He could talk his way into situations, too. After Princeton, Lewis was studying for a master’s degree at the London School of Economics and playing on their Perrier-sponsored basketball team when a distant cousin invited him to a dinner for Queen Elizabeth. By the end of the meal, he’d managed to charm the woman next to him, the wife of a Salomon Brothers managing director, into asking her husband to find him a job. It was a lucky break: The material he got working as a junior bond salesman at Salomon begat Liar’s Poker, although you do have to wonder what could have been if he’d been seated next to the Queen Mum.
“Despite the delight he takes in lampooning Wall Street,” says Tom Bernard, who worked alongside him, “as a newly minted salesman he did very well.” He put it a bit differently in the book, as the “Human Piranha”: “That is fucking awesome,” he tells Lewis after a big sale. “You are one Big Swinging Dick, and don’t let anyone tell you different.”
But Lewis hated working on Wall Street, he says. Not just the values of the place but the whole “tooth-and-claw atmosphere.” He’d intended Liar’s Poker to be a cautionary tale and was dismayed when it became something of an advertisement. “Overt ambition,” he tells me, “people who are obsessed with success at every turn … I find that off-putting.”
But also, it would seem, alluring. He seems inexorably drawn to what he refers to as the “arena of ambition”: Wall Street, Silicon Valley, Washington, professional sports. Of course, Lewis himself doesn’t suffer from any ambition deficit—no story is too big for him, and he’s always finding a way to maximize the value on the investments of his time. “He is the most opportunistic writer I know, and I mean that in the best possible way,” says Kyle Pope, who edited Lewis at Portfolio.
When he talks about ideas, Lewis can sound like a hedge-fund manager discussing a great trade. “It’s kind of amazing that Moneyball was available to be written at all,” he says, sitting in his office in a bungalow off the back of his house in Berkeley. “Billy Beane’s doing this thing that is totally original, under the noses of the mainstream media,” he said. “That amazed me that opportunity existed.” Part of the reason, he came to realize, was the relationship between sports reporters and their subjects. “It is amazing how much contempt there is for the professional media that surrounds any given enterprise,” he says. “I find it all the time. Silicon Valley entrepreneurs think the tech journalists are all stupid. The sports people think that about the sports journalists. They don’t say that to the sports journalists, because they want the sports journalists to be nice to them. But the level of contempt is very high. You need to kind of cut through that,” he says. “You’ve got to be willing to not be a member of the tribe. Like, you can think what you think about journalists, but don’t put me in that category, because I’m not that.’ ”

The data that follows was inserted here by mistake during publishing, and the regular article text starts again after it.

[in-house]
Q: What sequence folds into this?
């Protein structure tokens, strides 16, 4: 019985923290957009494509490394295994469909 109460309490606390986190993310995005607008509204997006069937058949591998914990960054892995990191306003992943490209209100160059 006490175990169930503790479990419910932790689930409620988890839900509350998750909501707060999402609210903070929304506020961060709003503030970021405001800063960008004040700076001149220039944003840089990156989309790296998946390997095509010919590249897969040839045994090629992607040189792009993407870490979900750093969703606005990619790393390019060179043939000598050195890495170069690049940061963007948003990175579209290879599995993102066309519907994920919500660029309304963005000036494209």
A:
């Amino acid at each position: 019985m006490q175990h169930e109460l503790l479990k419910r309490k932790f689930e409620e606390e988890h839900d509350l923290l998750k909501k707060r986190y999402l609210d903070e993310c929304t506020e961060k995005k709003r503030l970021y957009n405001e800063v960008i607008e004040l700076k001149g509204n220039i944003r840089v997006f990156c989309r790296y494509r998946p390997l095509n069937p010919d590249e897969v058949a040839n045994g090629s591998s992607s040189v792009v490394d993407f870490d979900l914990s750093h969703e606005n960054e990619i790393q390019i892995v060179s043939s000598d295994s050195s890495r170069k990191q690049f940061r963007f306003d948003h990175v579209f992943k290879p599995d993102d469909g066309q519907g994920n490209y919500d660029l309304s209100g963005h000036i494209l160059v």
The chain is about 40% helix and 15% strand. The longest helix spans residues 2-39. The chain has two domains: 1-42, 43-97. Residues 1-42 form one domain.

The places in his new book, Boomerang, were also blessedly undercovered. “I kept thinking, Why hasn’t the really big piece been done?Why is this available to do? Why is this investment opportunity available to me?”
The reason, of course, is that he is Michael Lewis. Magazines these days aren’t willing to pay just anyone to go to Europe for 10,000-word semi-satirical finance pieces, especially at Lewis’s rate—$10 a word when he left Portfolio for Vanity Fair.
And now that Europe is on the verge of collapse, Lewis couldn’t be happier, like a distressed-market investor. “The timing for Boomerang is unbelievable,” he said. “It’s going to get worse and worse and worse. I’m going to be on Jon Stewart, and Greece is going to be leaving the euro. Sometimes you get lucky in the moment. Boomerang is really going to get lucky in the moment.”
Lucky for him, anyway. The essays in Boomerang haven’t endeared him to European leaders trying to convince the world of their solvency. “Iceland won’t let him go back,” says Sean Tuohy. (Lewis on Iceland: “Icelanders are among the most inbred human beings on Earth.”) “God knows, he goes to Greece he’s going to get shot.” (Lewis on Greece: “A nation of people looking for anyone to blame but themselves.”)
And not everyone whom Lewis writes about finds it a warm, respectful experience. In February, Lewis was sued by a New Jersey–based investor named Wing Chau, who opened The Big Short to find himself playing the greedy fool to Steve Eisman’s righteous genius. By the sound of the complaint, he enjoyed the book, despite being unhappy with his role in it:“Consistent with the engaging narrative of heroes and villains Lewis set out to create, The Big Short purports to recount the thinking and conduct of a few investors like Eisman who foresaw the crash. And it purports to recount the actions and statements of the ‘villain’ CDO managers, particularly Wing Chau, who supposedly brought about the calamity.”